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Anglo-Saxon (Beginnings through 1066)

Most popular at the top

  • Donne's Religious Writingby P. M. Oliver

    Taylor and Francis 2014; US$ 68.95

    This, the first book to focus solely on Donne's religious writing, also places his work in a literary context and attempts to reach a more realistic assessment of its originality than has been possible hitherto. The prose works that are examined in detail include the controversial treatises Bianthanatos and Pseudo-Martyr , the satirical Ignatius... more...

  • An Introduction to The Gawain-Poetby Ad Putter

    Taylor and Francis 2014; US$ 70.95

    The late 14th century produced a crop of brilliant writers: Chaucer, Langland and Gower. Their achievement was rivalled only by a series of four works generally agreed to have been written by a single northern author, known as the Gawain-Poet. This book introduces the reader to the Gawain-poet's four surviving works: Sir Gawain and the Green Knight... more...

  • Edmund Spenserby Andrew Hadfield

    Taylor and Francis 2014; US$ 70.95

    This collection represents some of the best recent critical writing on Edmund Spenser, a major Renaissance English poet. The essays cover the whole of Spensers work, from early literary experiments such as The Shepeardes Calenda r, to his unfinished crowning work, The Fairie Queene . The introduction provides an overview of critical responses to Spenser,... more...

  • Historians on Chaucer: The 'General Prologue' to the Canterbury Talesby Stephen Rigby; Alastair Minnis

    Oxford University Press 2014; US$ 97.99

    As literary scholars have long insisted, an interdisciplinary approach is vital if modern readers are to make sense of works of medieval literature. In particular, rather than reading the works of medieval authors as addressing us across the centuries about some timeless or ahistorical 'human condition', critics from a wide range of theoretical... more...

  • The Lives of the Miller's Taleby Peter G. Beidler

    McFarland & Company, Inc., Publishers 2014; US$ 40.00

    With his Miller's Tale Chaucer transformed a colorless Middle Dutch account into the lively, dramatic story of raunchy Nicholas, sexy Alison, foolish John and squeamish Absolon. This book focuses on the ways Chaucer made his narrative more effective through dialogue, scene division, music, visual effects and staging. The author pays special attention... more...

  • Aemilia Lanyerby Marshall Grossman

    The University Press of Kentucky 2015; US$ 30.00

    Aemilia Lanyer was a Londoner of Jewish-Italian descent and the mistress of Queen Elizabeth's Lord Chamberlain. But in 1611 she did something extraordinary for a middle-class woman of the seventeenth century: she published a volume of original poems. Using standard genres to address distinctly feminine concerns, Lanyer's work is varied, subtle, provocative,... more...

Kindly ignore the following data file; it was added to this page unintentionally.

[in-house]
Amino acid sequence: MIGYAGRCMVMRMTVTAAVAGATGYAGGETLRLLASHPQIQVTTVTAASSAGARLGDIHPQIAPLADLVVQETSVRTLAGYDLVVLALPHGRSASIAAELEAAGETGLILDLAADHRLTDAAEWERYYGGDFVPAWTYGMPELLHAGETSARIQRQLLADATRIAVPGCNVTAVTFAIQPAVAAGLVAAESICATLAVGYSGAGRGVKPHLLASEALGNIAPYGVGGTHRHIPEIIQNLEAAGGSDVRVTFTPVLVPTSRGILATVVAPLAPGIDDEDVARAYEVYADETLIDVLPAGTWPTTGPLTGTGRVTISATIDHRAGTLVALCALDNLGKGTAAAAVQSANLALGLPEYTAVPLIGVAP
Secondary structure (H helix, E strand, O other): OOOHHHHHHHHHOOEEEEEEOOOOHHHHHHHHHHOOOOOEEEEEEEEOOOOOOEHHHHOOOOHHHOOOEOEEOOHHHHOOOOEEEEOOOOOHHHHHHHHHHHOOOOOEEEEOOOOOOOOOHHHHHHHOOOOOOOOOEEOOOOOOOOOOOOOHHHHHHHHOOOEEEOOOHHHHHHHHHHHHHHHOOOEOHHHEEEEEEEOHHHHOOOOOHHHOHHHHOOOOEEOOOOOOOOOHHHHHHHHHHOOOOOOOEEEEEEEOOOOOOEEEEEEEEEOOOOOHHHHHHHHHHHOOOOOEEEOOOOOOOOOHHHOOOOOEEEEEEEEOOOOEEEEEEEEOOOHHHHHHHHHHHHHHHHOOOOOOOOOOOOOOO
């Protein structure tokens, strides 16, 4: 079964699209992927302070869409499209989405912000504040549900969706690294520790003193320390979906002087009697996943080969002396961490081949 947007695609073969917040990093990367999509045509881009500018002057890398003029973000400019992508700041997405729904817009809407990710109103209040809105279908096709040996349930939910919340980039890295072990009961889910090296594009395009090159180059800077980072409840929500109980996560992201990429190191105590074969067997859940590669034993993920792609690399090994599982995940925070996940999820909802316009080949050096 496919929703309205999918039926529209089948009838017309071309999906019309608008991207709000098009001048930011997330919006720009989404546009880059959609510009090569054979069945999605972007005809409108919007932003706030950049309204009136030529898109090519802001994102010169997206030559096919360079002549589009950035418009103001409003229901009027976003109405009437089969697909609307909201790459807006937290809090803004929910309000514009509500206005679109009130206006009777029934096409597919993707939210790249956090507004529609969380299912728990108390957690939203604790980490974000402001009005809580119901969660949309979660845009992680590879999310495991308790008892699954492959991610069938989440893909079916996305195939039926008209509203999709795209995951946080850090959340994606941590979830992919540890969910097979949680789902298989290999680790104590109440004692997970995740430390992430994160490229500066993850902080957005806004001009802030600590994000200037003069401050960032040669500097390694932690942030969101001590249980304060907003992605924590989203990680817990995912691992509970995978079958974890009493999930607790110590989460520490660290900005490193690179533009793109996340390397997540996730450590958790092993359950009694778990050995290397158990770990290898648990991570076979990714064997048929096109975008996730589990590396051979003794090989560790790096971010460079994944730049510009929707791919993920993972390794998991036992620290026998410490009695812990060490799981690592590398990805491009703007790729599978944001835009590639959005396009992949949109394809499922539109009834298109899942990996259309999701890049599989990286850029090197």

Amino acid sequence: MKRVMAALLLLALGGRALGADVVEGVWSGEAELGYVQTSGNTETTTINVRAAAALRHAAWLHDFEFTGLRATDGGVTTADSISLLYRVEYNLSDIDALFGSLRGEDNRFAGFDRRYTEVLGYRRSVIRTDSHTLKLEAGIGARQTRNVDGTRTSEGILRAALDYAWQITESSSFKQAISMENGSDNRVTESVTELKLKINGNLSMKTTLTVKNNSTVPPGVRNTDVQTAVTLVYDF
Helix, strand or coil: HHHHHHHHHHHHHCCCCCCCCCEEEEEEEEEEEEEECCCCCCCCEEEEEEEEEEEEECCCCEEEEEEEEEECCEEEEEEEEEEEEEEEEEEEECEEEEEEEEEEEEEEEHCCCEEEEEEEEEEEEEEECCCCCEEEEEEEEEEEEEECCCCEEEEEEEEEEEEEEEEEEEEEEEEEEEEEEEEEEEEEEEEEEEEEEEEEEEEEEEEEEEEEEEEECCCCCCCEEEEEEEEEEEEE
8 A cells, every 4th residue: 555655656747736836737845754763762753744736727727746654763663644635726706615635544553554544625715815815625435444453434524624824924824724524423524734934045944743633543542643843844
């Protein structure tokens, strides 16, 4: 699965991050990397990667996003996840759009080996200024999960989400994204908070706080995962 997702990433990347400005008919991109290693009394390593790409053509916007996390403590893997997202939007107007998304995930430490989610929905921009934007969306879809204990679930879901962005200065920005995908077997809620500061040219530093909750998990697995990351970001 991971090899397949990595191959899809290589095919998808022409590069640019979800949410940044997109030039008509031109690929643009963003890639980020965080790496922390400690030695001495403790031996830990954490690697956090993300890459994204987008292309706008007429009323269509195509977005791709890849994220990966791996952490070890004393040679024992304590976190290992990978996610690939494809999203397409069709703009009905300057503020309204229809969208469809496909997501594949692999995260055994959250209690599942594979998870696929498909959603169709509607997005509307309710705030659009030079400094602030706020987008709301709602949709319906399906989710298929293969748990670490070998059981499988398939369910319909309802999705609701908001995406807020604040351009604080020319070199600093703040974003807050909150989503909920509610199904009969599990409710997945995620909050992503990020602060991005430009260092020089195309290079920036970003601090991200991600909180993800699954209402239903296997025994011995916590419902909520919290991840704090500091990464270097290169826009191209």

• Worldmaking Spenserby Patrick Cheney; Lauren Silberman

    The University Press of Kentucky 2015; US$ 35.00

    Worldmaking Spenser reexamines the role of Spenser's work in English history and highlights the richness and complexity of his understanding of place. The volume centers on the idea that complex and allusive literary works such as The Faerie Queene must be read in the context of the cultural, literary, political, economic, and ideological forces... more...

  • The Book of Kyng Arthurby Charles Moorman

    The University Press of Kentucky 2015; US$ 35.00

    Beginning with a consideration of Malory's ingenious chronology, this study shows that Malory achieved thematic and structural unity by selecting from the great mass of Arthurian legend three narrative strands -- the intrigues of Lancelot and Guinevere, the Grail quest, and the feud between the houses of Lot and Pellinore -- using these to illustrate... more...

  • The Exeter Book Riddlesby Kevin Crossley-Holland

    Enitharmon Press 2008; US$ 9.99

    The ninety-six Anglo-Saxon riddles in the eleventh-century Exeter Book are poems of great charm, zest, and subtlety. Ranging from natural phenomena (such as icebergs and storms at sea) to animal and bird life, from the Christian concept of the creation to prosaic domestic objects (such as a rake and a pair of bellows), and from weaponry to the peaceful... more...

  • Pearlby Jane Draycott; Bernard O'Donoghue

    Carcanet 2011; US$ 11.99

    In a dream landscape radiant with jewels, a father sees his lost daughter on the far bank of a river: ‘my pearl, my girl’. One of the great treasures of the British Library, the fourteenth-century poem Pearl is a work of poetic brilliance. Its account of loss and consolation retains its force across six centuries. Jane Draycott in her... more...